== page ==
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Wednesday, 27 March 2019

Soul Midwife Sofa. Not a Diva, or Mary Poppins, or Jesus.


The Soul Midwife Sofa

On  Monday 6 May I open a new service.  Based at Waltham House Studios, the new and emerging Arts and Wellbeing Centre here in Bognor Regis, I am starting the Soul Midwife Sofa.

This is what it is -


The Soul Midwife Sofa


A confidential holistic support and listening service for anyone facing the end of life, either their own or someone else’s.  

The dying process can be full of emotion, fear and sadness.  It can also include deep moments of healing and reconciliation.  Talking over our feelings, fears and asking questions can help us to face our journey, whatever it may be.

Antonia Rolls is a trained and experienced Soul Midwife with over ten years of experience.  Non-denominational and without judgement, she offers a safe and loving space for feelings, thoughts, questions and fears for all who are experiencing a death or a dying.

Call Antonia on 07787754123 to make an appointment.  £20 is required on booking to reserve your space.


Over the years, I have called myself a soul midwife, and at the same time I have wondered what on earth is a soul midwife.  It has taken a long time to work something out, it is a long and personal journey.  No two soul midwives are the same.  Here is what I think it is not -

  • A super hero.  A soul midwife cannot fly in through the open window and shoot rays of power from her fingers.  She can't zap baddies, whatever and whoever they may be, across the room and pin them against a wall 
  • An oracle.  A soul midwife can't tell the future though she may have an opinion based on observation and experience.  She has no mystical powers to foresee things, nor can she predict the date and time of a death. 
  • A Diva.  She won't want to make a grand entrance with her hand on her heart and an expression of pain and grief on her face.  She will not identify so deeply with her clients' pain that she needs to sit down and fan herself with a copy of this month's Saints Weekly.
  • Mary Poppins.  A soul midwife cannot come into a situation and magic it all better.  She cannot make the room tidy itself, pull medical equipment out of her bag, and sort everyone out
  • A push over.  She isn't able to take on everyone's negative emotions and make herself responsible.  She isn't there to take whatever is happening personally, and make herself ill.
  • Jesus.  A soul midwife can't make anyone better, can't heal anyone so that they get out of their beds and go for a run.  She also doesn't have a hot line to any deity, and can't work miracles.

I have been a bit of all of the above at some point or other over the last ten years, that is why I know it doesn't work.  That leaves what a soul midwife is.  She is, I am, aspiring to the following -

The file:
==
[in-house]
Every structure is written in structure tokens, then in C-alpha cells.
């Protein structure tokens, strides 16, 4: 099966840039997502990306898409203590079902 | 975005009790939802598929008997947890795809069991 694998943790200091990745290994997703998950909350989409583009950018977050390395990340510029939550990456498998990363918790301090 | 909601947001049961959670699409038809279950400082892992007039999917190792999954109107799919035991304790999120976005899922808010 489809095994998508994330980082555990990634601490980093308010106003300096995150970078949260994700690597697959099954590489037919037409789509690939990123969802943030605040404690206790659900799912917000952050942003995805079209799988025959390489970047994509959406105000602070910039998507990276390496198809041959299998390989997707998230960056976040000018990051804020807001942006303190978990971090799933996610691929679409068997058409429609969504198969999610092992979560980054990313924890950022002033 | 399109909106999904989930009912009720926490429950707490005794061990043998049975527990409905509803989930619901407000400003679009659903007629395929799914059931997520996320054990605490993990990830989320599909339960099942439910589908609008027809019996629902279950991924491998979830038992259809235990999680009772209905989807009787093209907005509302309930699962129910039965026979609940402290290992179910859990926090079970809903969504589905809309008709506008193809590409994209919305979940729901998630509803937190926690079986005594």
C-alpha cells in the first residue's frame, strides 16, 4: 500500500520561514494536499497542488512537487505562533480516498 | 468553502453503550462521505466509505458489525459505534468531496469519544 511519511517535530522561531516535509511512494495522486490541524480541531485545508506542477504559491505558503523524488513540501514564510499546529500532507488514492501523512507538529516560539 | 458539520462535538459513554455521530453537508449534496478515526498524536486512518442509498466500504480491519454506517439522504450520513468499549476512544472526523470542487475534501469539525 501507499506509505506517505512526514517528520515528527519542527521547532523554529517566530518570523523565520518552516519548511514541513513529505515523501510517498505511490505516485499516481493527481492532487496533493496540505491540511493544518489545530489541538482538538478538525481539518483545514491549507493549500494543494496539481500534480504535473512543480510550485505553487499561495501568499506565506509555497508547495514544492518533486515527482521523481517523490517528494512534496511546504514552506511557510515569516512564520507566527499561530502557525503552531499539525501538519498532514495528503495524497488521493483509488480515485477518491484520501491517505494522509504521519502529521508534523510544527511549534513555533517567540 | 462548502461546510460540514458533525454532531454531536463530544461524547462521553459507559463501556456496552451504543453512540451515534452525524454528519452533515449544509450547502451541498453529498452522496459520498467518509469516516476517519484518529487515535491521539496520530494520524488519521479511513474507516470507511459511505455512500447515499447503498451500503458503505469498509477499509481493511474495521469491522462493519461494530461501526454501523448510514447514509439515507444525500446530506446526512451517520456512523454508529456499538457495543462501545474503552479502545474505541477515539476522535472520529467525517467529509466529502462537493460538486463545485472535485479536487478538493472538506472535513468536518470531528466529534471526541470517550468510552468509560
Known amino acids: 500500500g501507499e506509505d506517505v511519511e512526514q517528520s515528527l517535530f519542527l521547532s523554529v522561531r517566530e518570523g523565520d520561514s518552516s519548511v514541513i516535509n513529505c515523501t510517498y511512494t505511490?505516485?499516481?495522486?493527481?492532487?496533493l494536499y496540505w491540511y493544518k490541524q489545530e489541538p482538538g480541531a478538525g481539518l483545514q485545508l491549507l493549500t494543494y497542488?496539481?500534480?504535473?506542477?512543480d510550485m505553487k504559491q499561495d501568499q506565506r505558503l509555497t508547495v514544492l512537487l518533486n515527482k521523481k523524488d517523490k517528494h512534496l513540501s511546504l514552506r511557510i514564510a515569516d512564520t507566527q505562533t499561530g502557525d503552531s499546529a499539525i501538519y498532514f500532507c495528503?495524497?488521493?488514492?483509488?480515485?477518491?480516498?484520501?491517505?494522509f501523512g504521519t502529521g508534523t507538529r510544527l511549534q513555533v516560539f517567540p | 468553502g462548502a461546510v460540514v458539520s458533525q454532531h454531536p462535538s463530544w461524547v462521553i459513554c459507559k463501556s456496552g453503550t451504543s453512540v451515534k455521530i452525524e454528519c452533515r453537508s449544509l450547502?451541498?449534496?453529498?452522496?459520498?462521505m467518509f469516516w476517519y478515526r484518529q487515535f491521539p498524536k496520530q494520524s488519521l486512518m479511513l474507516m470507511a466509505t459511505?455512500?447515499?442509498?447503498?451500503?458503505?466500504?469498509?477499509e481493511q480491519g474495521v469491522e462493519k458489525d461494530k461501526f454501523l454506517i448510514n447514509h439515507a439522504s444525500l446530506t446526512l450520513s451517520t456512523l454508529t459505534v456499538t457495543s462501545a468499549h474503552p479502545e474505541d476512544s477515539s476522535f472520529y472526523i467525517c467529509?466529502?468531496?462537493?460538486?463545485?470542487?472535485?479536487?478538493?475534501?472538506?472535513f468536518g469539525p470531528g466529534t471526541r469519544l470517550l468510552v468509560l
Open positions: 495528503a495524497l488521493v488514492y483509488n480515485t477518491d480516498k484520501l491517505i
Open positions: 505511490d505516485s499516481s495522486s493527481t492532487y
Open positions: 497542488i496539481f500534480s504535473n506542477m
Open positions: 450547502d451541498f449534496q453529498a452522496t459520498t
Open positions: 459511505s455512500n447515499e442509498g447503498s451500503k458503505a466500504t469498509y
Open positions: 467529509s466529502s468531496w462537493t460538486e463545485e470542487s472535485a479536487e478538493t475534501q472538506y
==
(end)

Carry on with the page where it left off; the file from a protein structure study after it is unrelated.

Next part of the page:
• A listener.  A soul midwife listens deeply, carefully and attentively.  She listens with her ears and her heart.  Often what is being said is being conveyed without words.  A soul midwife learns to listen and keep herself out of the way, and really hear what is being said at as many levels as she can.
  • Boundaried.  Having porous boundaries creates confusion and resentment. A soul midwife will not want to become involved in another's pain if she can help it.  Her wise detachment will mean she is stronger in her support, and she will know it is not her story.  She knows her limits.
  • Compassionate.  A soul midwife is compassionate and practices empathy and patience.  She knows that the people she is working with will take this journey that they are on in their own way, and sometimes, they may be in great pain. She does not tell them to snap out of it, she engages her compassion and works from the heart.  Sometimes fear and distress make a client angry and confrontational.  She will work out how to deal with this with compassion and boundaries.
  • Healthy.  It takes energy to sit with clients, and a soul midwife will be aware of her own health and need to rest and live in her own world too.  She will try never to become a wet dish rag.
  • Honest.  Soul midwives can say that they don't know when they don't know the answers to questions.  She may be asked about how an illness is progressing, she may be asked about powers of attorney, she may be asked what happens after death.  She can say she doesn't know, and if it is appropriate to find out, she may help with that. A soul midwife is tactful, and if asked the question Am I going to die? by someone who is on their way out, she finds a way of answering truthfully and taking into account the client's ability to hear the truth.




A Thought on Energy and Light